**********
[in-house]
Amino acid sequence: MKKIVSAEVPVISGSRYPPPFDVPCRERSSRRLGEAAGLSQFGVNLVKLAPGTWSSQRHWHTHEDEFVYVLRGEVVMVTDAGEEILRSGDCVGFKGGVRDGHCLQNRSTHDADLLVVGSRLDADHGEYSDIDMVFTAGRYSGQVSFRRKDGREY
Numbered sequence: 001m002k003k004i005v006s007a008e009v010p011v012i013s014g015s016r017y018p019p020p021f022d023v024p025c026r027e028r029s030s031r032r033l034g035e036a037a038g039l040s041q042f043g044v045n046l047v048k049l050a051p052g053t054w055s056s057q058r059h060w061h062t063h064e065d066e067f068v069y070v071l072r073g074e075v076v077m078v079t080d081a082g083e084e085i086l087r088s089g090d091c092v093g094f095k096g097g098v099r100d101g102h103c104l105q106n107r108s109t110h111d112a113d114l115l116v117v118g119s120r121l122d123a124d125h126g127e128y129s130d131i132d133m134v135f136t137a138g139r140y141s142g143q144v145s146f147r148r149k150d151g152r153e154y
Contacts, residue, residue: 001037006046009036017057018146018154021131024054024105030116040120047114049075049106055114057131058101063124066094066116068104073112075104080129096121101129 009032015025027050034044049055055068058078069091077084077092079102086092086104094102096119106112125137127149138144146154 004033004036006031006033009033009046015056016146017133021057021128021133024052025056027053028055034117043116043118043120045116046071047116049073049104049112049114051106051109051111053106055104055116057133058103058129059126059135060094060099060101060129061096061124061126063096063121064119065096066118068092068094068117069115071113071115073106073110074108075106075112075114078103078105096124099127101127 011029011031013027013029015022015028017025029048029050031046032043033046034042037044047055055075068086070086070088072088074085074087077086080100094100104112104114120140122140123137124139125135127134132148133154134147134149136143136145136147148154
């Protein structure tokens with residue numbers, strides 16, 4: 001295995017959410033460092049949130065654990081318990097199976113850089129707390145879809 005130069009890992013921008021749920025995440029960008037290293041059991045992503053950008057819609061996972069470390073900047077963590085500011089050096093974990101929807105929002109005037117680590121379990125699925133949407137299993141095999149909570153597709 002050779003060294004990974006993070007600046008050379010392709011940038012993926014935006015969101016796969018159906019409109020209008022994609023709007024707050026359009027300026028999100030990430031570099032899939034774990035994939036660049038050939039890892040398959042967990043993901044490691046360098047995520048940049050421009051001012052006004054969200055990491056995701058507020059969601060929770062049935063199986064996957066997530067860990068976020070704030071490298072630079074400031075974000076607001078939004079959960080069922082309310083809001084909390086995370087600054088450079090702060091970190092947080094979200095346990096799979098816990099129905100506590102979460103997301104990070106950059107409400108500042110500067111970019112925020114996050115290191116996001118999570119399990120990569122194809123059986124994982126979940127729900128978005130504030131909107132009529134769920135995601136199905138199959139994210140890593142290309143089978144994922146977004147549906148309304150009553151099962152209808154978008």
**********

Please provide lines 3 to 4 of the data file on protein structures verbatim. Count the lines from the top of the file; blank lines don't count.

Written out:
Numbered sequence: 001m002k003k004i005v006s007a008e009v010p011v012i013s014g015s016r017y018p019p020p021f022d023v024p025c026r027e028r029s030s031r032r033l034g035e036a037a038g039l040s041q042f043g044v045n046l047v048k049l050a051p052g053t054w055s056s057q058r059h060w061h062t063h064e065d066e067f068v069y070v071l072r073g074e075v076v077m078v079t080d081a082g083e084e085i086l087r088s089g090d091c092v093g094f095k096g097g098v099r100d101g102h103c104l105q106n107r108s109t110h111d112a113d114l115l116v117v118g119s120r121l122d123a124d125h126g127e128y129s130d131i132d133m134v135f136t137a138g139r140y141s142g143q144v145s146f147r148r149k150d151g152r153e154y
Contacts, residue, residue: 001037006046009036017057018146018154021131024054024105030116040120047114049075049106055114057131058101063124066094066116068104073112075104080129096121101129 009032015025027050034044049055055068058078069091077084077092079102086092086104094102096119106112125137127149138144146154 004033004036006031006033009033009046015056016146017133021057021128021133024052025056027053028055034117043116043118043120045116046071047116049073049104049112049114051106051109051111053106055104055116057133058103058129059126059135060094060099060101060129061096061124061126063096063121064119065096066118068092068094068117069115071113071115073106073110074108075106075112075114078103078105096124099127101127 011029011031013027013029015022015028017025029048029050031046032043033046034042037044047055055075068086070086070088072088074085074087077086080100094100104112104114120140122140123137124139125135127134132148133154134147134149136143136145136147148154